On August 14th 2001, a strange "crop glyph" of a humanoid face appeared in a field just outside the Chilbolton Radio Telescope grounds in Hampshire England, one year after the 'fractal crop glyph' was found in the same field. According to Darcy Ladd, Manager of the Chilbolton Radio Observatory, in an interview with Colin Andrews, the image appeared “suddenly on the morning of August 14th.” The image which confronted the Telescope personnel that morning bore a striking resemblance to the July, 1976 Viking image of the "Face on Mars", right down to the appearance of asymmetry and "erosion" on the right hand side.
Though first noticed by the telescope employees on the 14th, the Chilbolton "Face" was not reported (and not by the facility staff) until Sunday, August 19th. Its announcement in England caused an immediate worldwide sensation on the Internet.
The Face turned out, under a "Gaussian blur filter", to bear a strong resemblance to a somewhat primitive human face, not unlike the Face on Mars if the Face’s erosion was removed. But the Chilbolton glyph lacked a key feature of the Cydonia Face, the distinctive "platform" around the base. In place of this however, it was obviously carefully placed within a frame.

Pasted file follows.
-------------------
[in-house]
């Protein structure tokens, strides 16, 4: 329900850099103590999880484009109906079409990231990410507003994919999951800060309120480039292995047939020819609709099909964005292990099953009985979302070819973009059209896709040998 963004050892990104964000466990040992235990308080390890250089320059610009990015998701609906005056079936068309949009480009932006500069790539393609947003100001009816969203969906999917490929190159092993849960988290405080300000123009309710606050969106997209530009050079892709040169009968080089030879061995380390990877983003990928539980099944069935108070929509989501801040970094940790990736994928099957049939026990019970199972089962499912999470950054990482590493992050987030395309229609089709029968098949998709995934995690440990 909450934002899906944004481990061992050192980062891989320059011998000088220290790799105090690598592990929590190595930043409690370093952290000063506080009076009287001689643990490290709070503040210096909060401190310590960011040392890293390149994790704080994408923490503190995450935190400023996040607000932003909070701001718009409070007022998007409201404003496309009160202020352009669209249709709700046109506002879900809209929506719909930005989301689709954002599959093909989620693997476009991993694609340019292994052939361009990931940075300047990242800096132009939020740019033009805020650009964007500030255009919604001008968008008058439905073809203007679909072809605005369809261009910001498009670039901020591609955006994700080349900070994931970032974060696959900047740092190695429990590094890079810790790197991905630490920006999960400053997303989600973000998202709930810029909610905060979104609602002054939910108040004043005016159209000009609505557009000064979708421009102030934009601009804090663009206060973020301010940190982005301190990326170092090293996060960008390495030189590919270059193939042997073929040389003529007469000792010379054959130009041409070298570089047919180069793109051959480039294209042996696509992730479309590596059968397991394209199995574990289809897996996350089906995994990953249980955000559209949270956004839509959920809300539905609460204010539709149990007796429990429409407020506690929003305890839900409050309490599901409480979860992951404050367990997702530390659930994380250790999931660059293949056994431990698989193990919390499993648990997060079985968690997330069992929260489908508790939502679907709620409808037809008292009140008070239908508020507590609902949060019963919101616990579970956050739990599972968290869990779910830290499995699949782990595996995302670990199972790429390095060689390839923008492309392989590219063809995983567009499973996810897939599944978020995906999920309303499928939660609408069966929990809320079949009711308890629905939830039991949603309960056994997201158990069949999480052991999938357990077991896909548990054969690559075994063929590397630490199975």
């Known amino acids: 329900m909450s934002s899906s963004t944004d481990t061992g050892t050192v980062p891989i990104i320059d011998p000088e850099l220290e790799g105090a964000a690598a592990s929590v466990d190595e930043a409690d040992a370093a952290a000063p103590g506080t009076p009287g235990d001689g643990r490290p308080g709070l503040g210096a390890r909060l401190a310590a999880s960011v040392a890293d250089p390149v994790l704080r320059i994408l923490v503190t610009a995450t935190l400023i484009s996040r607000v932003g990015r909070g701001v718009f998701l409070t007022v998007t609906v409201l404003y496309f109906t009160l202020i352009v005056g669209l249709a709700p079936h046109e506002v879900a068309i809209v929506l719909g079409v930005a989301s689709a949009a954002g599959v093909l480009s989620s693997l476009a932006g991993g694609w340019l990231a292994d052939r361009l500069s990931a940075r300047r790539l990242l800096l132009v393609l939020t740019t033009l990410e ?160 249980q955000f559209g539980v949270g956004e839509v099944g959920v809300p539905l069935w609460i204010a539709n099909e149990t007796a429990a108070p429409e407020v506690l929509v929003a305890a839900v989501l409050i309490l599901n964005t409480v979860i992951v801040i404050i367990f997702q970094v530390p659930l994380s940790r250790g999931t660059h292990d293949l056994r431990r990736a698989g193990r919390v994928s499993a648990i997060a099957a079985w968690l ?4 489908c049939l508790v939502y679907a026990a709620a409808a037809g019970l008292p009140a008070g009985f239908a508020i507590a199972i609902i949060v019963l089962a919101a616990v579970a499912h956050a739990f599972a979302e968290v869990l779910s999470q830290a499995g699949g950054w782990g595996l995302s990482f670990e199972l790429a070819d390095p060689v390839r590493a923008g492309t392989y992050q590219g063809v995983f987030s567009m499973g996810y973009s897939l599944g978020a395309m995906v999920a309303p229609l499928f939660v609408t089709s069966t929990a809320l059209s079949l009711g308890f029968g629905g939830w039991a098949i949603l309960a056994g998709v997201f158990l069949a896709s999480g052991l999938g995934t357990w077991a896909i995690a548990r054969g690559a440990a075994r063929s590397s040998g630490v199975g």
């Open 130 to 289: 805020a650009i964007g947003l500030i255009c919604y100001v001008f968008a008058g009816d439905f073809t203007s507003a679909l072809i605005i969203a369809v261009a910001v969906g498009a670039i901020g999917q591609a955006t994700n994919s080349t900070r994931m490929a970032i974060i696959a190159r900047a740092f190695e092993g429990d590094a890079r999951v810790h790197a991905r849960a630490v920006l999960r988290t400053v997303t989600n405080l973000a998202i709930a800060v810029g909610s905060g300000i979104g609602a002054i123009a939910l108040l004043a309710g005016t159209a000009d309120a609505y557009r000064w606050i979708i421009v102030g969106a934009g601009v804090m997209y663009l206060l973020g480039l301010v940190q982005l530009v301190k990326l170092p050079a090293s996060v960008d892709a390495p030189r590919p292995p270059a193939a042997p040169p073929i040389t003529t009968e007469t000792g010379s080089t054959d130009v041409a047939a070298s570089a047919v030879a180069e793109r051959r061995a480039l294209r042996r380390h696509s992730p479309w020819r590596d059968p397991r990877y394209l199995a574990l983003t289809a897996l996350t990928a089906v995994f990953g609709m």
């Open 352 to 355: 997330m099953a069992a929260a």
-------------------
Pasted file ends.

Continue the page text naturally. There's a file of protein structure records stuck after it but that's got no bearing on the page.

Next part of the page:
There were other, far more sophisticated aspects, which drew people to this glyph. The whole thing seemed to be made up of cells, which bore a striking resemblance to the half-tone “dots” used to create newspaper pictures, or the pixels of a digital image. These "pixels" were made up of a series of darker standing tufts of wheat, with the bright "pixels" created by the gently swirled down stalks between. The deliberately created illusion in this glyph that the lighting is coming from the upper left (as in the original Viking Cydonia frame), when in fact Steve Alexander’s aerial photograph was taken with the sunlight on the field coming from the lower right - is further testimony to the superb optical physics embodied in this effort. The Face glyph was also placed in the field in such a way that the “tramline” scanned across the nose cuts it almost exactly in half.